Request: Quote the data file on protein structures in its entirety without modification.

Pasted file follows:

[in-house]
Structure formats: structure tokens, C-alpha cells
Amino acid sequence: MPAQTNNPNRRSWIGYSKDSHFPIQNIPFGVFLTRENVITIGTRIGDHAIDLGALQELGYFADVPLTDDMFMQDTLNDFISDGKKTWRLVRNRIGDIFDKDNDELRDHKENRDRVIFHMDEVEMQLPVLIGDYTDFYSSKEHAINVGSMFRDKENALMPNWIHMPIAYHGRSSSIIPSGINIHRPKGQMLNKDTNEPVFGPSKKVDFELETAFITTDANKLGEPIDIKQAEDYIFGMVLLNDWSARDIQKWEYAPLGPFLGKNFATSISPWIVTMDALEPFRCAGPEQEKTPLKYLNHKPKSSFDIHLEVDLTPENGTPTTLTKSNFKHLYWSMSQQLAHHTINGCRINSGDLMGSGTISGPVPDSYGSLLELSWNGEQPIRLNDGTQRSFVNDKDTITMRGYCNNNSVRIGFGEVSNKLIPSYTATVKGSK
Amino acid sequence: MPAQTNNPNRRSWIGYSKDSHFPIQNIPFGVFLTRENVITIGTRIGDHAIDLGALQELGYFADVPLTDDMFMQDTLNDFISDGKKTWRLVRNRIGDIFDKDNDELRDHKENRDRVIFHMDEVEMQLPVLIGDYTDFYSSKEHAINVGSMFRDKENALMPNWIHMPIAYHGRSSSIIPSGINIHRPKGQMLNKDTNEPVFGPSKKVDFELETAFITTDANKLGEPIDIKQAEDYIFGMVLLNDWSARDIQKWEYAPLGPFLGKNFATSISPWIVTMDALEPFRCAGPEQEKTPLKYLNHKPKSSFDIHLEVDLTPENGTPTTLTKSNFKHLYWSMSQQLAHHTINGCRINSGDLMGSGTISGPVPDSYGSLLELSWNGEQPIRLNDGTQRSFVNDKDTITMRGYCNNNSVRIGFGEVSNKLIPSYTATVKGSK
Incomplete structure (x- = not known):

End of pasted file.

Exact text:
[in-house]
Structure formats: structure tokens, C-alpha cells
Amino acid sequence: MPAQTNNPNRRSWIGYSKDSHFPIQNIPFGVFLTRENVITIGTRIGDHAIDLGALQELGYFADVPLTDDMFMQDTLNDFISDGKKTWRLVRNRIGDIFDKDNDELRDHKENRDRVIFHMDEVEMQLPVLIGDYTDFYSSKEHAINVGSMFRDKENALMPNWIHMPIAYHGRSSSIIPSGINIHRPKGQMLNKDTNEPVFGPSKKVDFELETAFITTDANKLGEPIDIKQAEDYIFGMVLLNDWSARDIQKWEYAPLGPFLGKNFATSISPWIVTMDALEPFRCAGPEQEKTPLKYLNHKPKSSFDIHLEVDLTPENGTPTTLTKSNFKHLYWSMSQQLAHHTINGCRINSGDLMGSGTISGPVPDSYGSLLELSWNGEQPIRLNDGTQRSFVNDKDTITMRGYCNNNSVRIGFGEVSNKLIPSYTATVKGSK
Amino acid sequence: MPAQTNNPNRRSWIGYSKDSHFPIQNIPFGVFLTRENVITIGTRIGDHAIDLGALQELGYFADVPLTDDMFMQDTLNDFISDGKKTWRLVRNRIGDIFDKDNDELRDHKENRDRVIFHMDEVEMQLPVLIGDYTDFYSSKEHAINVGSMFRDKENALMPNWIHMPIAYHGRSSSIIPSGINIHRPKGQMLNKDTNEPVFGPSKKVDFELETAFITTDANKLGEPIDIKQAEDYIFGMVLLNDWSARDIQKWEYAPLGPFLGKNFATSISPWIVTMDALEPFRCAGPEQEKTPLKYLNHKPKSSFDIHLEVDLTPENGTPTTLTKSNFKHLYWSMSQQLAHHTINGCRINSGDLMGSGTISGPVPDSYGSLLELSWNGEQPIRLNDGTQRSFVNDKDTITMRGYCNNNSVRIGFGEVSNKLIPSYTATVKGSK
Incomplete structure (x- = not known):